Queen City Sounds: July 2024 by Tom Murphy

Published Issue 125, May 2024

Bison Bone – 40 Grit

Courtney Whitehead’s storytelling on this EP is characteristically cinematic in its evocation of tactile details as they anchor the themes of each song to inner life. All five tracks benefit from an economy of songwriting yet hit like a complete statement about a chapter in working class life. They instantly depict the relatable struggles, joys, personal myth-making and events that lead to enduring life-long anecdotes that are the connective tissues of life. It is Americana in flavor but the kind that weaves in diverse influences, and the way the pedal steel and keys cast a warm and lively glow upon the songs is reminiscent of the bluesier end of Steely Dan. It is a joyful yet introspective set of songs informed by a gentle affection. 

Disappearer – s/t

The delicate textures and melodic urgency of this handful of songs by Grand Junction-based, minimalist rock band, Disappearer, sound like a free associating of genre elements that influenced the group over time yet make them their own. From the beginning a discerning listener will hear the influential touch of Mission of Burma, My Dad is Dead, FACS and Wipers. But the songwriting, in spite of the edge in the vocals, also contains some choice guitar jangle like a classic 90s indiepop band or long-lost college rock legends like Let’s Active and Game Theory. And yet there is a haunted desperation that pairs well with the spidery and luminous guitar work that sets this music apart from any obvious influences. 

The Drood – The Book of Drood

Listening to an album by The Drood is a lot like getting on board for taking in a left field science fiction noir that comments on the effects of technology on human society and consciousness, but is rooted in our individual and shared experiences. Nathan Jamiel’s often nearly whispered vocals serve as an insightful confidant in sharing tales of wonder, horror and cathartic transcendence as the songs pull the listener through expansively melancholic and melodic soundscapes that are equal parts rhythm-driven, ambient art rock and languid psychedelia. This album includes contributions from Randall Frazier of Orbit Service and The Legendary Pink Dots on “Determinism” who further accent The Drood’s already impressive mastery of musical texture and subtle mood sculpting.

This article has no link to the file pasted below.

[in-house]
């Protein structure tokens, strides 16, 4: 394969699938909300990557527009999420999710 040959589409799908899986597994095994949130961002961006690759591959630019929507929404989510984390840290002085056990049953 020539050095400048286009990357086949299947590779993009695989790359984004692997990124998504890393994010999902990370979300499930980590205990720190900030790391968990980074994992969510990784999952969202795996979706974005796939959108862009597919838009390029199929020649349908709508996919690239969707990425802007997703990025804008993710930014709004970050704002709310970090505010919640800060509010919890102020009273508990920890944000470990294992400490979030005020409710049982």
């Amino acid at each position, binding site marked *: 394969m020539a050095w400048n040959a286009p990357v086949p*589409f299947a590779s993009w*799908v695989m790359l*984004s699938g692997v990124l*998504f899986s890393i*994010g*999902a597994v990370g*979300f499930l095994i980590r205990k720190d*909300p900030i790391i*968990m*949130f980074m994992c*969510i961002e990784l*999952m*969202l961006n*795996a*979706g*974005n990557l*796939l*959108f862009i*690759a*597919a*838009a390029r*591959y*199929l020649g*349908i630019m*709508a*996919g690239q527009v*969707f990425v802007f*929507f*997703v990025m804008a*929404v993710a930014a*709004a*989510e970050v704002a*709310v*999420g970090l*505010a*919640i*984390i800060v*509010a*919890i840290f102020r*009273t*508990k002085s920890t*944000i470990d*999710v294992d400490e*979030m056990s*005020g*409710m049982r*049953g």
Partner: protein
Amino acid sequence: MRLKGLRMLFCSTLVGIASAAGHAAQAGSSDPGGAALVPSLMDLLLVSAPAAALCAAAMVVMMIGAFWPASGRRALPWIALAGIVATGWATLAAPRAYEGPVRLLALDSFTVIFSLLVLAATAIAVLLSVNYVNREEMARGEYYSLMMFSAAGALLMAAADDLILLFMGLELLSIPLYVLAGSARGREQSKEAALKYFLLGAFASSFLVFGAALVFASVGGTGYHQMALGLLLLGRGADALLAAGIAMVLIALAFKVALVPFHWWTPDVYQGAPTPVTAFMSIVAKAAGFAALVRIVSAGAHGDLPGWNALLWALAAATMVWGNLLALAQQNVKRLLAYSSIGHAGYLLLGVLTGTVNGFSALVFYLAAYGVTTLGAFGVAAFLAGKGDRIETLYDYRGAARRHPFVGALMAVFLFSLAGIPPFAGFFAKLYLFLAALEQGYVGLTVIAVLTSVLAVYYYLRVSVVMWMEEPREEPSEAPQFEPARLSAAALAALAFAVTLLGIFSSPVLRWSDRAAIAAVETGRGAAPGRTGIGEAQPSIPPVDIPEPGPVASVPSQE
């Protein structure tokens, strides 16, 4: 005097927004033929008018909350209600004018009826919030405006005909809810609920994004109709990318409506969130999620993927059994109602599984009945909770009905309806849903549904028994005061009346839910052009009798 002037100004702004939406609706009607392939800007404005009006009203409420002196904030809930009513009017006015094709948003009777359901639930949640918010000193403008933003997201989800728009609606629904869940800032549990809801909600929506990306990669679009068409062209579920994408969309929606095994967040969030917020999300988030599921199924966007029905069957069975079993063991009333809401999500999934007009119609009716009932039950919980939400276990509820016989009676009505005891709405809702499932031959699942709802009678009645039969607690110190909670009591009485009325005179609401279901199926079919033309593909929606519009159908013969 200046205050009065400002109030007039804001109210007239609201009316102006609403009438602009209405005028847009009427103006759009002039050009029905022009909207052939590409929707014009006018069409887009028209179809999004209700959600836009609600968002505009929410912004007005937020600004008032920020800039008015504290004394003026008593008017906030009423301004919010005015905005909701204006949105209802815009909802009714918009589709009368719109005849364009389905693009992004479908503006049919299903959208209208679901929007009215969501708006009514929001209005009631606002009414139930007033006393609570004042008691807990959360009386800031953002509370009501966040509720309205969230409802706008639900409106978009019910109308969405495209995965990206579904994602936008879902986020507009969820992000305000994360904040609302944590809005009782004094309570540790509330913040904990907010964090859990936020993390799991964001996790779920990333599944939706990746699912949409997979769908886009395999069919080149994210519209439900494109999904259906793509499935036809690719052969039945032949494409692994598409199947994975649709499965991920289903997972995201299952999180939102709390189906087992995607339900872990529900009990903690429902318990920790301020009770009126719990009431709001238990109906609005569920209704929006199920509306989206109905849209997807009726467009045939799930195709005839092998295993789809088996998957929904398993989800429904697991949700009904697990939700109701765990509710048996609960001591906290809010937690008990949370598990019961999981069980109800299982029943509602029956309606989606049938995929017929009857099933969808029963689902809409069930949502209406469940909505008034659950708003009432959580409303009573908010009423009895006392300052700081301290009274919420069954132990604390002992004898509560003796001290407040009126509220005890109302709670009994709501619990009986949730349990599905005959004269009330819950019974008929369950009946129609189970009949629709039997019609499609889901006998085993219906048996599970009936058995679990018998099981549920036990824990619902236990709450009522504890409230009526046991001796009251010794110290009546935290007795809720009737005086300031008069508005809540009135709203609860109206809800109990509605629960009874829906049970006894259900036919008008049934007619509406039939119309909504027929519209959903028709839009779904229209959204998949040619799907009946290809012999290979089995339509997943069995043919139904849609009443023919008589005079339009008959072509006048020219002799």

Spiritual Poison – Incorporeal

If Many Blessings is a more harsh and industrial side of Ethan Lee McCarthy’s exploration of noise, Spiritual Poison is radically different in its crafting of drones and atmosphere. Is it “dark ambient”? Sure, if the songs on this release that simultaneously flash into your mind are scenes from Baskin (2015), Leviathan (2012) and premonitions of the bleak future of humanity post-climate collapse. It’s almost more sound design than simply ambient. Distant, abstract metallic drones serve as the backdrop to post-human cries of labored agony, blurred out chimes, distorted dins, echoing rattles, pulses of scratchy white noise, mechanical harmonic backdrops, subterranean hovering, streaks of sorrowful, melting string sounds, and piano processed nearly beyond recognition all conspire to render this one of the most beautifully uncomfortable listens in recent memory. 

Taggart – s/t

One doesn’t need to have heard or seen Tokyo Rodeo and The Swindlers to understand where these four songs are coming from. Every track crackles with a nearly uncontained energy that seems to have been spawned in a youth playing in punk and hard rock bands. But the thrilling vocal harmonies point to an ear for a musical sophistication like a splintery, power pop version of X. Live, Taggart, as did Tokyo Rodeo, played a version of “Second Skin” by The Gits and that bluesy garage punk sound rages here in spirited performances. One of Taggart’s strengths is its frayed musical roots because while it exults in punk simplicity, the band has chops it employs with a paradoxically tasteful abandon.  

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Tom Murphy is a Denver-based music writer and science fiction/fantasy/horror creator. He is also a musician, historian and itinerant filmmaker.

Check out Tom’s June 2024  install of Queen City Sounds in case you missed it, or head to our Explore section to see more of his past reviews.